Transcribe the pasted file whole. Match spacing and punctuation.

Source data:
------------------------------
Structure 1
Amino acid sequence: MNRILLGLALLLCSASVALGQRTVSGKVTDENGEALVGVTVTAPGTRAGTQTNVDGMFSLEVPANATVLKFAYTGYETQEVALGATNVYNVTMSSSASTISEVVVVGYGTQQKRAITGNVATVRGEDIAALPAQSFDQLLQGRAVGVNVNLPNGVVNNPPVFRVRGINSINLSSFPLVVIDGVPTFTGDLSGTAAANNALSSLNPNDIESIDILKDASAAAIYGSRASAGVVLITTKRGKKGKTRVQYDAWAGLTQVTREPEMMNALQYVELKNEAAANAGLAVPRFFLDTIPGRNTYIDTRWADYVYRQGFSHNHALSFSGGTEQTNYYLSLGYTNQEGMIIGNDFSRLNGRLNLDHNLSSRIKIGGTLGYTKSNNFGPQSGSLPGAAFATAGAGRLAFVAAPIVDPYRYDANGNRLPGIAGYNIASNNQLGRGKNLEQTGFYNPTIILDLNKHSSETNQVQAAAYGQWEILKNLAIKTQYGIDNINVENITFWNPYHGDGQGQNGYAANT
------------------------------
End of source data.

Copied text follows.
Structure 1
Amino acid sequence: MNRILLGLALLLCSASVALGQRTVSGKVTDENGEALVGVTVTAPGTRAGTQTNVDGMFSLEVPANATVLKFAYTGYETQEVALGATNVYNVTMSSSASTISEVVVVGYGTQQKRAITGNVATVRGEDIAALPAQSFDQLLQGRAVGVNVNLPNGVVNNPPVFRVRGINSINLSSFPLVVIDGVPTFTGDLSGTAAANNALSSLNPNDIESIDILKDASAAAIYGSRASAGVVLITTKRGKKGKTRVQYDAWAGLTQVTREPEMMNALQYVELKNEAAANAGLAVPRFFLDTIPGRNTYIDTRWADYVYRQGFSHNHALSFSGGTEQTNYYLSLGYTNQEGMIIGNDFSRLNGRLNLDHNLSSRIKIGGTLGYTKSNNFGPQSGSLPGAAFATAGAGRLAFVAAPIVDPYRYDANGNRLPGIAGYNIASNNQLGRGKNLEQTGFYNPTIILDLNKHSSETNQVQAAAYGQWEILKNLAIKTQYGIDNINVENITFWNPYHGDGQGQNGYAANT